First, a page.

DALLAS -- Both large and small customers of Fleming here told SN they are continuing to receive product from the wholesaler that filed for bankruptcy last week, but most added that they are also making contingency plans should the distributor run into difficulty filling their orders.
Tom Haggai, chairman, IGA, Chicago, offered a ringing endorsement of Fleming's new management: Archie Dykes, Fleming's non-executive chairman, and Peter Willmott, the company's interim president and chief executive officer. Commented Haggai, "I have tremendous respect for them. Both have the right touch to be able to manage and rebuild this company. These two men are class people. They've got the right players, the right history."
Haggai cited the case of 7-Eleven, Dallas, as a company that emerged from bankruptcy to dominate its category. "Chapter 11 was just a starter for them."
Meanwhile, Haggai noted, "The relationship between IGA and Fleming remains seamless. We're in daily contact with the company. We were aware of every step they were trying to do."
However, if Fleming is unable to supply certain products, he added, "other companies will fill in."
Support for Fleming can be heard not only at IGA headquarters but at the store level as well.
Tom Stakes, general manager, Gribble's IGA, Loudonville, Ohio, told SN, "Fleming has been a good company for us, and we're going to stick with them." He mentioned that he'd been contacted by other distribution companies, but "has not done anything yet."
Stakes said, "Their service level is still very good." He cited as an example a delivery he had received from Fleming late last week. "There were 1.85% out-of-stocks on a delivery this morning. Any warehouse with only 5% out-of-stocks is doing a good job. There were only 12 items out of 700 that we didn't get."
A spokesman for Albertsons, Boise, Idaho, told SN his company was also in daily contact with Fleming. "They are currently living up to their service commitment, meeting delivery schedules, serving all stores on time with the right products, but we are monitoring the situation every day," he said.
Albertsons became a Fleming customer in mid-March 2002, when Fleming bought Albertsons' Tulsa, Okla., distribution center and received the distribution business of Albertsons' stores in Oklahoma and Nebraska.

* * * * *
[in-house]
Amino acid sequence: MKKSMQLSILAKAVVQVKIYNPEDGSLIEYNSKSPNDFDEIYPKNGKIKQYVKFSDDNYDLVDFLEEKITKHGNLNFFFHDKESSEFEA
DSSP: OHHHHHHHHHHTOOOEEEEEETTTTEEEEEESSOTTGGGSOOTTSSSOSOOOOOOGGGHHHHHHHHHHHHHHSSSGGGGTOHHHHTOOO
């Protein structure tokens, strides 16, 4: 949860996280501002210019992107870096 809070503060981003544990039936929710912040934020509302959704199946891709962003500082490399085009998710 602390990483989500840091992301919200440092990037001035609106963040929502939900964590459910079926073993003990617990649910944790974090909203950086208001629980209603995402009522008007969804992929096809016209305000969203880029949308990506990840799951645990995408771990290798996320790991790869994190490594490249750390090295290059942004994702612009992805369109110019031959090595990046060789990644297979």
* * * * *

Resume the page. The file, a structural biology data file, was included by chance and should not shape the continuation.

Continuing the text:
The spokesman added that if Fleming becomes unable to meet its commitment, Albertsons could self-distribute from its Fort Worth, Texas, distribution center. "There's plenty of room in the Fort Worth DC," he said.
Some small independents, however, said they have been affected by changes since Fleming had filed Chapter 11.
Martin Reeser, vice president, operations, Landis Supermarkets, a two-store operator based in Telford, Pa., said, "The biggest area the Fleming bankruptcy has affected us is in perishables, particularly beef and chicken. My grocery level has been OK."
He added that Landis has had a secondary distributor for a while, Associated Wholesalers, Robesonia, Pa.
Randy Stepherson, president, Stepherson's Food Stores, a four-store operator based in Memphis, Tenn., said he has noticed "a little more out-of-stocks than usual, but nothing critical. It may get worse." And yes, he too has made contingency plans with another distributor.
Kim Brewer, part-owner and chief financial officer, Warren Bros., a four-store operator based in Marietta, Ohio, said the Fleming bankruptcy has affected operations, but not through out-of-stocks. "Some vendors -- manufacturers and resellers -- want to rearrange billing. They are setting up direct billing accounts with me." He has also made contingency plans.
James Semrad, president, Muskego Marketplace Foods, Muskego, Wis., which operates two Sentry Foods stores, said, "We haven't been affected so far. We're very capable of shifting over to our own system and paying our own bills. Our warehouse here has all the products it needs. And we have made arrangements to get another supplier." He added that he had made that arrangement late last month, before Fleming had filed for Chapter 11 protection.